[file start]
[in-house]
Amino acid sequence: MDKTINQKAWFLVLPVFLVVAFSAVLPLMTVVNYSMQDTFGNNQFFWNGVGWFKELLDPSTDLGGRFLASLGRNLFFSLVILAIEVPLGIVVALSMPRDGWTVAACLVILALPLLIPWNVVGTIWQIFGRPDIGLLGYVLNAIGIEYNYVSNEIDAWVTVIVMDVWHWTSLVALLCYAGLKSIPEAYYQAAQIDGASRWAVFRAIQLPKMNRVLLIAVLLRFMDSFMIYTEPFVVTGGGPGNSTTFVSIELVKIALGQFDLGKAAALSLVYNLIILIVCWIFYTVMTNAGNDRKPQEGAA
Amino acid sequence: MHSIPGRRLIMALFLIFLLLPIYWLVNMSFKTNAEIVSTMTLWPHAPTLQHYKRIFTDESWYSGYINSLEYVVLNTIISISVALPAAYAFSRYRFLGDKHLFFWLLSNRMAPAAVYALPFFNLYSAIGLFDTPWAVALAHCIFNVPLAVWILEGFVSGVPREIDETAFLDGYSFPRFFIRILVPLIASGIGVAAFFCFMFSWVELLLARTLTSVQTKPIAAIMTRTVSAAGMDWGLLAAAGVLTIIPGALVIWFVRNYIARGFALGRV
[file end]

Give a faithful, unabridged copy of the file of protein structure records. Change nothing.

[in-house]
Amino acid sequence: MDKTINQKAWFLVLPVFLVVAFSAVLPLMTVVNYSMQDTFGNNQFFWNGVGWFKELLDPSTDLGGRFLASLGRNLFFSLVILAIEVPLGIVVALSMPRDGWTVAACLVILALPLLIPWNVVGTIWQIFGRPDIGLLGYVLNAIGIEYNYVSNEIDAWVTVIVMDVWHWTSLVALLCYAGLKSIPEAYYQAAQIDGASRWAVFRAIQLPKMNRVLLIAVLLRFMDSFMIYTEPFVVTGGGPGNSTTFVSIELVKIALGQFDLGKAAALSLVYNLIILIVCWIFYTVMTNAGNDRKPQEGAA
Amino acid sequence: MHSIPGRRLIMALFLIFLLLPIYWLVNMSFKTNAEIVSTMTLWPHAPTLQHYKRIFTDESWYSGYINSLEYVVLNTIISISVALPAAYAFSRYRFLGDKHLFFWLLSNRMAPAAVYALPFFNLYSAIGLFDTPWAVALAHCIFNVPLAVWILEGFVSGVPREIDETAFLDGYSFPRFFIRILVPLIASGIGVAAFFCFMFSWVELLLARTLTSVQTKPIAAIMTRTVSAAGMDWGLLAAAGVLTIIPGALVIWFVRNYIARGFALGRV